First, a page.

JPMorgan CEO Says He Was 'Dead Wrong'

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Jamie Dimon, CEO of JPMorgan Chase, appeared on a Sunday morning talk show to continue damage control over a $2 billion loss the company suffered.

Appearing on NBC's "Meet The Press" Sunday, Dimon said he should not have dismissed analysts' concerns about the bank's trading last month when he described it as a "tempest in a teapot." 

"I was dead wrong when I said that. I obviously didn't know, because I never would have said that," Dimon said.

On Thursday, after markets closed, Dimon held a conference call to announce that the U.S.'s largest bank had lost $2 billion on what he described as a hedging strategy gone wrong. His decision to publicly announce the loss after the close "was because we wanted to say, you know what, we told you something that was completely wrong a mere four weeks ago. We took a two billion dollar loss and we made it clear it could get worse before it gets better."

Investors punished JPMorgan's stock Friday, shaving off nearly ten percent.

Dimon said given the magnitude of the loss, federal regulators would be justified in looking into the bank's trading practices.

"Regulators should look at something like this. That's their job. So we are totally open to cooperating with regulators and they will come to their own conclusions," he said.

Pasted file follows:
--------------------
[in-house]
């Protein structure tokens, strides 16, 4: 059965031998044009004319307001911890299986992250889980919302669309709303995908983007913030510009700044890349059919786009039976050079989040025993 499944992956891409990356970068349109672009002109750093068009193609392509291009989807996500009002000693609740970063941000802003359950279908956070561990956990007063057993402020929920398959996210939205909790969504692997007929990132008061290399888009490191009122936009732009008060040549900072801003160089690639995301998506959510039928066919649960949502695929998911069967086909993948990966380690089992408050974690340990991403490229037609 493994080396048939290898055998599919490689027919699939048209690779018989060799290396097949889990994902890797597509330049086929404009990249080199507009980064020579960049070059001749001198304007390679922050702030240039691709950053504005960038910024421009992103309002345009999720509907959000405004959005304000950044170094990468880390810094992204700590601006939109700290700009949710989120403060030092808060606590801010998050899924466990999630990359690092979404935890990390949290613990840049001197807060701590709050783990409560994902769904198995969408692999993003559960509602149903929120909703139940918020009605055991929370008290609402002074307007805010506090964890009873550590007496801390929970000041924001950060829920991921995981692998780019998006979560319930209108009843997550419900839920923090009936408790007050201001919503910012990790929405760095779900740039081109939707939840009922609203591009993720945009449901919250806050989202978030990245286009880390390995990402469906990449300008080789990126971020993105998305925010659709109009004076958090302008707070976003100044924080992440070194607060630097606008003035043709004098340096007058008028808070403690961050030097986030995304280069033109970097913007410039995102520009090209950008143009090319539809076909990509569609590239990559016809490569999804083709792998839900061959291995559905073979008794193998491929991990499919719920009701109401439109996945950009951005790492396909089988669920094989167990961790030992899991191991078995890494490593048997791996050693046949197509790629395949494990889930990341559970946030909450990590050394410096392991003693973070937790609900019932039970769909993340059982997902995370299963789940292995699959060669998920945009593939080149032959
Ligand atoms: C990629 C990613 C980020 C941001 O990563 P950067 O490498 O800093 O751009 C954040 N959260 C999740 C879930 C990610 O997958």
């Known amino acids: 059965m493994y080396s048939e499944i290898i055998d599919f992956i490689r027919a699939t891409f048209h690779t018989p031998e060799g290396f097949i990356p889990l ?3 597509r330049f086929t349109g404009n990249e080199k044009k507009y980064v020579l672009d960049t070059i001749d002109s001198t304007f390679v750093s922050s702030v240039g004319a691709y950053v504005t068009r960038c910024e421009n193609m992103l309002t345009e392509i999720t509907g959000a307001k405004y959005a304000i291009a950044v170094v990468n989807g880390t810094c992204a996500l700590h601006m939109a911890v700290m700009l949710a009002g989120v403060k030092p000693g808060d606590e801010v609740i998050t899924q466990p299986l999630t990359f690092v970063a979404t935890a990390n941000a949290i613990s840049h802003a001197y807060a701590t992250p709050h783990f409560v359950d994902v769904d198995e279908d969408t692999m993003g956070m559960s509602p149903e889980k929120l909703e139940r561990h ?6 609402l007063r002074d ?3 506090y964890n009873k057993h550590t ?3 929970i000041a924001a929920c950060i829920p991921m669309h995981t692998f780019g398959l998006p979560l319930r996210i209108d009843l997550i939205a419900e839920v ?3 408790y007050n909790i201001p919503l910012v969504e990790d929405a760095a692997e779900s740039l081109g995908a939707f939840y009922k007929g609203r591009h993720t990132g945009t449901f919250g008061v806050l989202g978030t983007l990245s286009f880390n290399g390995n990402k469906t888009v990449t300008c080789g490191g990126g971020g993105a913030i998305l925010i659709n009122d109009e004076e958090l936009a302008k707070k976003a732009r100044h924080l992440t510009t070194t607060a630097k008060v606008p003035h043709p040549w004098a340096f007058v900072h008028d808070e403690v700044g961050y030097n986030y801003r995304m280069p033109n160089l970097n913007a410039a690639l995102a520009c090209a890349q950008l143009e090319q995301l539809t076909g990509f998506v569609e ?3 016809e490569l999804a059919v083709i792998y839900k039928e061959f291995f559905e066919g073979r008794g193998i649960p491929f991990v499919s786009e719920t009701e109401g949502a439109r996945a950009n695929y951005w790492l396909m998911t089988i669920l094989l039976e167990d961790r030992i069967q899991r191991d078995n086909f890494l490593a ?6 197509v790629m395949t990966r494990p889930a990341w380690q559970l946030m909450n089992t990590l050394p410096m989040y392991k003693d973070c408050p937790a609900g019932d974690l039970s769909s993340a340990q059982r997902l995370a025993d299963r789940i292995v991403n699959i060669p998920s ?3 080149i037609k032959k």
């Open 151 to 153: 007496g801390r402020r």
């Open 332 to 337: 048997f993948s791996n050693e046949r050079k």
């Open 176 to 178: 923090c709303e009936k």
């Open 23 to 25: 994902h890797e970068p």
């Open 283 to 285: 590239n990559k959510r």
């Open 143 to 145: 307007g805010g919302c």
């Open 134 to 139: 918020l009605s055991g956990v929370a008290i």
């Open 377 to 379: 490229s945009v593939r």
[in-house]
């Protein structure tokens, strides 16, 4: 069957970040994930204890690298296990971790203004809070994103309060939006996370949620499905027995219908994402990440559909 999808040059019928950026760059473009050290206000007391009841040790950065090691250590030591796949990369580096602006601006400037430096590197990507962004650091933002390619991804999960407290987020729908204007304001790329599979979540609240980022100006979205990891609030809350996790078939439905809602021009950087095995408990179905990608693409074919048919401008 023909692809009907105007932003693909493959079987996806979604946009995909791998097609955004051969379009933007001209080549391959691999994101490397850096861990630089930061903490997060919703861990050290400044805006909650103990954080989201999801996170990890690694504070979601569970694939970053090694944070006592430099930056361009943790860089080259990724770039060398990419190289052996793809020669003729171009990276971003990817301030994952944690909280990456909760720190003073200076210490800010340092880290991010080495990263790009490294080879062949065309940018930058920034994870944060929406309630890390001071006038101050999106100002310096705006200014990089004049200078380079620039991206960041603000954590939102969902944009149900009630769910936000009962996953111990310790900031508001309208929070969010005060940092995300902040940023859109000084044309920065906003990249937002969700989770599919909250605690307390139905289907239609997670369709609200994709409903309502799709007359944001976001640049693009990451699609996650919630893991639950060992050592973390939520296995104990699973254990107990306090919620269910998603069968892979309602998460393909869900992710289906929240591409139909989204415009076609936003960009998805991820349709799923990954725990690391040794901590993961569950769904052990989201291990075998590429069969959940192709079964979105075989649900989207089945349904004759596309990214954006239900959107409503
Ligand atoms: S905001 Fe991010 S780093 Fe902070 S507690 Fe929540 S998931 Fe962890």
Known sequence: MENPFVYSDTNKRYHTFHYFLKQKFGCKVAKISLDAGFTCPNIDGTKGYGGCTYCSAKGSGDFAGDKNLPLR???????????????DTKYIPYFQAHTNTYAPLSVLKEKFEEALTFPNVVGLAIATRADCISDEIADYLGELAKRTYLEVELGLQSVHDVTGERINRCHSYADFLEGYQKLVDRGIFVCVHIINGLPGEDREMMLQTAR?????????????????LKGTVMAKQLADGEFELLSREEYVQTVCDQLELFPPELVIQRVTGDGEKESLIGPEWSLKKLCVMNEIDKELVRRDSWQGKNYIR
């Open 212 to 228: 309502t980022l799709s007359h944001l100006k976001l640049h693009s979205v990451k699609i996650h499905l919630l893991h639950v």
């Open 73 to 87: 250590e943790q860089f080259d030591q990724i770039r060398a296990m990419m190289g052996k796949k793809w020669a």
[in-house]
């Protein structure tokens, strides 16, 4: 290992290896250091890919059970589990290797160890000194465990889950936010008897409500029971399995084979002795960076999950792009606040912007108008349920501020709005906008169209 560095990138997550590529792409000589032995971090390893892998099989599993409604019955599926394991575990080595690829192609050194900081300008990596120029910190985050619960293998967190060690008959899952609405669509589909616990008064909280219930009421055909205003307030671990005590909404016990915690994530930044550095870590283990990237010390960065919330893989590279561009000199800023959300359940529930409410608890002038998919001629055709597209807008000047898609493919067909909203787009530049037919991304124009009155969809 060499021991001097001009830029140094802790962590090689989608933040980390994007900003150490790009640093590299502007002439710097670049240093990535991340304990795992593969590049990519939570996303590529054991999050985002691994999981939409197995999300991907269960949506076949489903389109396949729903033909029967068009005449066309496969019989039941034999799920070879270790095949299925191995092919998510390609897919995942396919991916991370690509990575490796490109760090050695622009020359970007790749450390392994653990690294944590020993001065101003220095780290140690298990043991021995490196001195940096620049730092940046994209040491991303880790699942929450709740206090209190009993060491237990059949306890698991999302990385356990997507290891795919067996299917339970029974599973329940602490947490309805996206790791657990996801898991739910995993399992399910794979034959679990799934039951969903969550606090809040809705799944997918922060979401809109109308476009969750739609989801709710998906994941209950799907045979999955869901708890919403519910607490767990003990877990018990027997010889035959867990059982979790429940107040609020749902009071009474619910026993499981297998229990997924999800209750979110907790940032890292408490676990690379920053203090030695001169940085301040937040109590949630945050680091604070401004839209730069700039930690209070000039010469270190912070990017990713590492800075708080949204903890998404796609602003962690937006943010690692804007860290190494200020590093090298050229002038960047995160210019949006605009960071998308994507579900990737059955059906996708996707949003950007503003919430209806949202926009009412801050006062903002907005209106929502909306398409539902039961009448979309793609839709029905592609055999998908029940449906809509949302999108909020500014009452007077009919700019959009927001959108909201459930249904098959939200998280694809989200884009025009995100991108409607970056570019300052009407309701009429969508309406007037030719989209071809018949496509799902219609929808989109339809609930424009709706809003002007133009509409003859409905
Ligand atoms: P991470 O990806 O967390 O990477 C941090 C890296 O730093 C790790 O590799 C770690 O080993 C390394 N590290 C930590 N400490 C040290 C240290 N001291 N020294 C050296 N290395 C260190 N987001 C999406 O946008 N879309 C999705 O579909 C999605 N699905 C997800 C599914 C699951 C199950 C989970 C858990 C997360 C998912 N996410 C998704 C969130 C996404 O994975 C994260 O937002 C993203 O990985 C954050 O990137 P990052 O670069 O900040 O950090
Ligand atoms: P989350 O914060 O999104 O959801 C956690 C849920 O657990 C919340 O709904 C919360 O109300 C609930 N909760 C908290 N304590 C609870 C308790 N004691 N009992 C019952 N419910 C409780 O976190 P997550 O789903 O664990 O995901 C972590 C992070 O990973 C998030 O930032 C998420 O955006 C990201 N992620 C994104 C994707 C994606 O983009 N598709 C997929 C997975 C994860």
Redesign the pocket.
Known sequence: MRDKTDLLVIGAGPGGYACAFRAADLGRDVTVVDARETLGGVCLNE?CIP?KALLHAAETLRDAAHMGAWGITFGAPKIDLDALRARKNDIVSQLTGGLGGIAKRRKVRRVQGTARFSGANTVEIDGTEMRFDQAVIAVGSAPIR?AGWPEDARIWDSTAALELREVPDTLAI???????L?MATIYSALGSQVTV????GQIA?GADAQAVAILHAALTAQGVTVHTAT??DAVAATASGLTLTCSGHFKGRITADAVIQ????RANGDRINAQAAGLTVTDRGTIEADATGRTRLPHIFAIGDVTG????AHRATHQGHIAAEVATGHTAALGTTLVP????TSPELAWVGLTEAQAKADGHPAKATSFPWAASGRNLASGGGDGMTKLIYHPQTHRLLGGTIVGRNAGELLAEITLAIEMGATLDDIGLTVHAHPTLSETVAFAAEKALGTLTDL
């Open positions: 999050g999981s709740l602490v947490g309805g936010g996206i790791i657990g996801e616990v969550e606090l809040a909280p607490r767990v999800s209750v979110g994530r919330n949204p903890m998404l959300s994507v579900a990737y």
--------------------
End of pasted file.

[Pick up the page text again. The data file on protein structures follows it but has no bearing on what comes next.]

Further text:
As far as the bank's own investigation into what went wrong, Dimon said, "We intend to fix it, learn from it and be a better company when it's done."

Lawmakers and critics of the banking industry have seized on the $2 billion loss to argue banks still take too much risk more than three years after the financial crisis.

A piece of financial regulation, known as the Volcker Rule, would prevent banks from certain kinds of trading for their own profit. Dimon has said the trading involved in the $2 billion loss would not have fallen under the rule.

But Rep. Barney Frank, D-Mass., told ABC's "This Week" that he hopes the final version of the Volcker Rule will prevent the type of trading that led to the massive loss at JPMorgan.

Dimon conceded to NBC that the bank has "hurt ourselves and our credibility," and he expects to "pay the price for that."

Asked what the price should be, Sen. Carl Levin, D-Mich., said that banks will lose their fight to weaken the Volcker Rule.

Levin told NBC, "This was not a risk-reducing activity that they engaged in. This increased their risk."

Addressing public anger toward Wall Street, Dimon said he wants a more equitable society and does not mind paying higher taxes. But he said attacking all of business is "very counterproductive."